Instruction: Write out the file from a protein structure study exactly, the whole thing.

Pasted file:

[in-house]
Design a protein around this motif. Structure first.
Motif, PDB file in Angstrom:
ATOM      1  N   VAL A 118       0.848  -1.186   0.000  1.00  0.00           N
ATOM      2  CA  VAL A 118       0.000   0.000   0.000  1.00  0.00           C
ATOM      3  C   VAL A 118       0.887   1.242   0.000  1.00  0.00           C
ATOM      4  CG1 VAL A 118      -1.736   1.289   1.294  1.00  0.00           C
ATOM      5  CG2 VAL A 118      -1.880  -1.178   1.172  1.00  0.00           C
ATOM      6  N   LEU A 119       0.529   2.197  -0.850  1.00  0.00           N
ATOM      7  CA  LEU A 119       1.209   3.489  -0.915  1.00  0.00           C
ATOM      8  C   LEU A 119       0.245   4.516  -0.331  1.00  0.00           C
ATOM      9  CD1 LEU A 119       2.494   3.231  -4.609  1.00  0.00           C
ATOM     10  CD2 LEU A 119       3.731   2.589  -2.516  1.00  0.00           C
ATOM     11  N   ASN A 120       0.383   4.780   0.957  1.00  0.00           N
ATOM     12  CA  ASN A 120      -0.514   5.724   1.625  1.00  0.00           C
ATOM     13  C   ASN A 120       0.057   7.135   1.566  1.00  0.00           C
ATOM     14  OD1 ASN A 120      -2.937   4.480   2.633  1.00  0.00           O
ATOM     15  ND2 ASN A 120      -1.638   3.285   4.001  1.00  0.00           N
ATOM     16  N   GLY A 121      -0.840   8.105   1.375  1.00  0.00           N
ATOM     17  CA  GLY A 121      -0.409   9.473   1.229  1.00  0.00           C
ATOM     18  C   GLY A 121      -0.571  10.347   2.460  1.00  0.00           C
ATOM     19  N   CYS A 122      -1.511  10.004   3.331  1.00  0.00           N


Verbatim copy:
[in-house]
Design a protein around this motif. Structure first.
Motif, PDB file in Angstrom:
ATOM      1  N   VAL A 118       0.848  -1.186   0.000  1.00  0.00           N
ATOM      2  CA  VAL A 118       0.000   0.000   0.000  1.00  0.00           C
ATOM      3  C   VAL A 118       0.887   1.242   0.000  1.00  0.00           C
ATOM      4  CG1 VAL A 118      -1.736   1.289   1.294  1.00  0.00           C
ATOM      5  CG2 VAL A 118      -1.880  -1.178   1.172  1.00  0.00           C
ATOM      6  N   LEU A 119       0.529   2.197  -0.850  1.00  0.00           N
ATOM      7  CA  LEU A 119       1.209   3.489  -0.915  1.00  0.00           C
ATOM      8  C   LEU A 119       0.245   4.516  -0.331  1.00  0.00           C
ATOM      9  CD1 LEU A 119       2.494   3.231  -4.609  1.00  0.00           C
ATOM     10  CD2 LEU A 119       3.731   2.589  -2.516  1.00  0.00           C
ATOM     11  N   ASN A 120       0.383   4.780   0.957  1.00  0.00           N
ATOM     12  CA  ASN A 120      -0.514   5.724   1.625  1.00  0.00           C
ATOM     13  C   ASN A 120       0.057   7.135   1.566  1.00  0.00           C
ATOM     14  OD1 ASN A 120      -2.937   4.480   2.633  1.00  0.00           O
ATOM     15  ND2 ASN A 120      -1.638   3.285   4.001  1.00  0.00           N
ATOM     16  N   GLY A 121      -0.840   8.105   1.375  1.00  0.00           N
ATOM     17  CA  GLY A 121      -0.409   9.473   1.229  1.00  0.00           C
ATOM     18  C   GLY A 121      -0.571  10.347   2.460  1.00  0.00           C
ATOM     19  N   CYS A 122      -1.511  10.004   3.331  1.00  0.00           N